Leaving The Nest: How To Help Your Children Prepare For University Life

14/09/2016 16:57

With the excitement of results day now out of the way, many eighteen-year-olds are turning their attention to life at university. Settling into life away from home is not necessarily easy, and the support of family and friends will be invaluable to making the most of this significant time away.

Going to university will be one of the most exciting phases of your child's life. However, it can also be a time of great trepidation and uncertainty, as students step for the first time beyond the familiarity of the family home, into the great unknown.

After the frenzy of the first few days at university, the discipline of a course timetable can help with the settling in process. But it is the simple, practical things that often get taken for granted. For example, some students find themselves stumped when they have to work out how to use a different washing machine for the first time. Questions about how to plan a weekly food shop, or how to defrost food properly, are not uncommon. So as a parent, it can be helpful to explain these things before your child leaves for university this autumn.

If you are set to visit your child's university in the early days of freshers' term, a supermarket run will be hugely appreciated as students look to stock up their cupboards for the first few weeks of term. Given the headiness of freshers' week, health and wellbeing should not be neglected, so consider fresh fruit, veg and healthy snacks as priority items. And, if you're looking for a gift to leave your child with, a selection of high-quality recipe books will likely be a winner. Not only do these help students to plan well-balanced meals, keeping the cost of food down, but they will also be appreciated by your child's friends, who get to try out some of the yummy recipes. Another nice gift idea to look out for is vouchers for cookery courses in and around your child's accommodation. At the University of Bedfordshire we run a series of cookery classes for our students, which are always very popular with first-year students and their friends and family alike.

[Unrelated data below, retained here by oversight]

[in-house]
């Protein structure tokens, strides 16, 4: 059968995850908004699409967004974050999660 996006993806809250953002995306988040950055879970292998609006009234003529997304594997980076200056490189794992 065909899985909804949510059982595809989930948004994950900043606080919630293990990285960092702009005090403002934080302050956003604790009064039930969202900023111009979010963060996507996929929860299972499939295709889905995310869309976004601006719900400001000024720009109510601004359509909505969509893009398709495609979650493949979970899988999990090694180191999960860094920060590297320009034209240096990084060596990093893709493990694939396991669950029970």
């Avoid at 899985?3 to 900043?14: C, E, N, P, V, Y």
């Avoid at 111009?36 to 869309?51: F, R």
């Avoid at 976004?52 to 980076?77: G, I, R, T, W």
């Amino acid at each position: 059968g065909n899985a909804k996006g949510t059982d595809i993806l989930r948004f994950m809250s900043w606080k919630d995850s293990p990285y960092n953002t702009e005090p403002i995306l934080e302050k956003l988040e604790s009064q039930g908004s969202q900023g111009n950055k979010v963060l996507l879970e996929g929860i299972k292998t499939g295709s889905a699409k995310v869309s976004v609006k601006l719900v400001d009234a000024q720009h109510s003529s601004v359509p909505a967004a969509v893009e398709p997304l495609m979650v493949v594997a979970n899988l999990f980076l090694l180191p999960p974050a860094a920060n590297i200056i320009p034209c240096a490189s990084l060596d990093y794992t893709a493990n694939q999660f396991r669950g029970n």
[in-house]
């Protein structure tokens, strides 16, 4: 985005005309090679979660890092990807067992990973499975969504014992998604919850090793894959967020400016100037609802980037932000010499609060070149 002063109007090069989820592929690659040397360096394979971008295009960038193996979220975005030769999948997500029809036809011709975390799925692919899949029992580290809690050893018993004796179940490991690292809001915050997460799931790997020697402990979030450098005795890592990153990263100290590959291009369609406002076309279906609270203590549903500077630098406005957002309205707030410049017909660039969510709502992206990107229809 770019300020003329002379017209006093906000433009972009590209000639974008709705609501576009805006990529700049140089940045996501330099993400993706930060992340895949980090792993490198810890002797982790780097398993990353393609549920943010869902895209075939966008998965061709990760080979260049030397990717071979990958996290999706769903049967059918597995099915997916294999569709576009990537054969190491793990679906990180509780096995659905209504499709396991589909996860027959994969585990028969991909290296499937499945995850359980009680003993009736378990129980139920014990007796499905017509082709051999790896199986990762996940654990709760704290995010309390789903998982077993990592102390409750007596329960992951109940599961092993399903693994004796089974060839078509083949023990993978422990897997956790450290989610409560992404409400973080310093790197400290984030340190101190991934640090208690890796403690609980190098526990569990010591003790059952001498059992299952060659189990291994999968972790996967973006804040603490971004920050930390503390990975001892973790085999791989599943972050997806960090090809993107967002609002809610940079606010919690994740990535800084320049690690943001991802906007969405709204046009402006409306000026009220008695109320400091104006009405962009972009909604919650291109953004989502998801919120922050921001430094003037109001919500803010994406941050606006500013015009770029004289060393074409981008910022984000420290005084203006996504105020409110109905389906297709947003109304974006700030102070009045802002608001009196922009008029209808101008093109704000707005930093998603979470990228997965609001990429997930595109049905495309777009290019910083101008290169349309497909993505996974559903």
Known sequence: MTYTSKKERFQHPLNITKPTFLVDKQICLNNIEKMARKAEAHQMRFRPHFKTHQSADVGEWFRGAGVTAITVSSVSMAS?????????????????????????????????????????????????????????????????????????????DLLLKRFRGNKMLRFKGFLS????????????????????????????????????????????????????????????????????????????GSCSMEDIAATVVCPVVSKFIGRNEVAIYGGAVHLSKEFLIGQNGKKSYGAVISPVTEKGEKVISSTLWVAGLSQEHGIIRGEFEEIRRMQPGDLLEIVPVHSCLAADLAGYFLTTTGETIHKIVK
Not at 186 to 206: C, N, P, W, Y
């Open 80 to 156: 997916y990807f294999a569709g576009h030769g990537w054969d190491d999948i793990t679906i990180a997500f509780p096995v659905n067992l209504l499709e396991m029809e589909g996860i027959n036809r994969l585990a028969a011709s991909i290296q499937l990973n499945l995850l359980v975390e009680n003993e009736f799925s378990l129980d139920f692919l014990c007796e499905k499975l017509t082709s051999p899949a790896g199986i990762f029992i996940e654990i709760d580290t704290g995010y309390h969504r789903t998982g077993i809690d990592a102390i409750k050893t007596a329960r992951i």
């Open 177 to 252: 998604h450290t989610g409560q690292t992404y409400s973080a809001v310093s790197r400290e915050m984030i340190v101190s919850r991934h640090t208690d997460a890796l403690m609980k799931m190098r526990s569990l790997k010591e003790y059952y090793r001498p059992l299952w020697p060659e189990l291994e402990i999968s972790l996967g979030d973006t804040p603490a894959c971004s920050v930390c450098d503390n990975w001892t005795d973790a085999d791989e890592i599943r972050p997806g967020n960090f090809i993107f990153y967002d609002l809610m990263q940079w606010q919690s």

Living independently also often means taking the first steps towards full financial independence. Perhaps the biggest challenge lies in the fact that the student's first student loan payment won't be followed by another until the new year - this first payment must last right through December, a typically expensive month. Moreover, the high upfront costs of starting university - for example, deposits on rental accommodation and the purchase of core text books - mean that unrestricted spending at the start of term may leave your child short later on. It is therefore worthwhile explaining proactively what to do if your child finds themselves in need of a little extra cash to tide them over at any point. For instance, you should take time to explain why it is much cheaper to borrow money via interest-free overdrafts that come with most student bank accounts, compared to using payday loans or relying on expensive credit cards.

This said, going to university is all about learning, and these sorts of experiences are all part of the journey of growing up. While practical advice is helpful, it is just as important to let your child find their independence at university. Intervening too frequently, or paying too close attention to each step of your child's experience, can be stifling for the student looking to find their feet. Support staff, personal tutors and lecturers are all looking out for the welfare of your child, so while it is entirely normal to wonder if they are settling in ok, you are certainly not alone in wanting to help. Being supportive, approachable and available, without being seen as interfering, is a fine balance, but when you get it right, it will allow your child to flourish away from the home and make the most of their university experience.

Ruki Heritage, Assistant Director of Student Experience and Head of Student Support, University of Bedfordshire


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